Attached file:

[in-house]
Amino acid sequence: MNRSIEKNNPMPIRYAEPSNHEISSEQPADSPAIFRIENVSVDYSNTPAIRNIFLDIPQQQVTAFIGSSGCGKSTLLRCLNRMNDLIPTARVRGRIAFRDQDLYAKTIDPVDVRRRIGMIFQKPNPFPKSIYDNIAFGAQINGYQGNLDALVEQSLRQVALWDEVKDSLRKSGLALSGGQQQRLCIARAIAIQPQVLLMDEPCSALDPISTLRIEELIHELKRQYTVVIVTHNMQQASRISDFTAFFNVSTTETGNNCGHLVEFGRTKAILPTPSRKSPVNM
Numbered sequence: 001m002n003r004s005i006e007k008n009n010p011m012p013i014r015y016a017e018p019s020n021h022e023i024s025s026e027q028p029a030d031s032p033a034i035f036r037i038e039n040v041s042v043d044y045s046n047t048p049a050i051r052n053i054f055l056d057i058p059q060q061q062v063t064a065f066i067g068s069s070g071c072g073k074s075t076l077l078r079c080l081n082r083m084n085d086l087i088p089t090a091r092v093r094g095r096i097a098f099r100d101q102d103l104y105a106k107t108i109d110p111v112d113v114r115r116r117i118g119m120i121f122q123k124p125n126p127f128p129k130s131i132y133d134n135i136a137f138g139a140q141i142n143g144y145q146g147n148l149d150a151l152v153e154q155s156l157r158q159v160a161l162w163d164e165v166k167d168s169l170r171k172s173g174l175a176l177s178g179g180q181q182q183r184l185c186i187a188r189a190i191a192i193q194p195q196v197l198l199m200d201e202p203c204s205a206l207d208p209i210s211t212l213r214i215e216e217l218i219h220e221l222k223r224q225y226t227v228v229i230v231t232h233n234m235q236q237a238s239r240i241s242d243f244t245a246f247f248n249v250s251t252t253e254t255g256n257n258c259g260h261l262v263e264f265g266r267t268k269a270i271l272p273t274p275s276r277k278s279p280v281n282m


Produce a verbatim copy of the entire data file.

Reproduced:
[in-house]
Amino acid sequence: MNRSIEKNNPMPIRYAEPSNHEISSEQPADSPAIFRIENVSVDYSNTPAIRNIFLDIPQQQVTAFIGSSGCGKSTLLRCLNRMNDLIPTARVRGRIAFRDQDLYAKTIDPVDVRRRIGMIFQKPNPFPKSIYDNIAFGAQINGYQGNLDALVEQSLRQVALWDEVKDSLRKSGLALSGGQQQRLCIARAIAIQPQVLLMDEPCSALDPISTLRIEELIHELKRQYTVVIVTHNMQQASRISDFTAFFNVSTTETGNNCGHLVEFGRTKAILPTPSRKSPVNM
Numbered sequence: 001m002n003r004s005i006e007k008n009n010p011m012p013i014r015y016a017e018p019s020n021h022e023i024s025s026e027q028p029a030d031s032p033a034i035f036r037i038e039n040v041s042v043d044y045s046n047t048p049a050i051r052n053i054f055l056d057i058p059q060q061q062v063t064a065f066i067g068s069s070g071c072g073k074s075t076l077l078r079c080l081n082r083m084n085d086l087i088p089t090a091r092v093r094g095r096i097a098f099r100d101q102d103l104y105a106k107t108i109d110p111v112d113v114r115r116r117i118g119m120i121f122q123k124p125n126p127f128p129k130s131i132y133d134n135i136a137f138g139a140q141i142n143g144y145q146g147n148l149d150a151l152v153e154q155s156l157r158q159v160a161l162w163d164e165v166k167d168s169l170r171k172s173g174l175a176l177s178g179g180q181q182q183r184l185c186i187a188r189a190i191a192i193q194p195q196v197l198l199m200d201e202p203c204s205a206l207d208p209i210s211t212l213r214i215e216e217l218i219h220e221l222k223r224q225y226t227v228v229i230v231t232h233n234m235q236q237a238s239r240i241s242d243f244t245a246f247f248n249v250s251t252t253e254t255g256n257n258c259g260h261l262v263e264f265g266r267t268k269a270i271l272p273t274p275s276r277k278s279p280v281n282m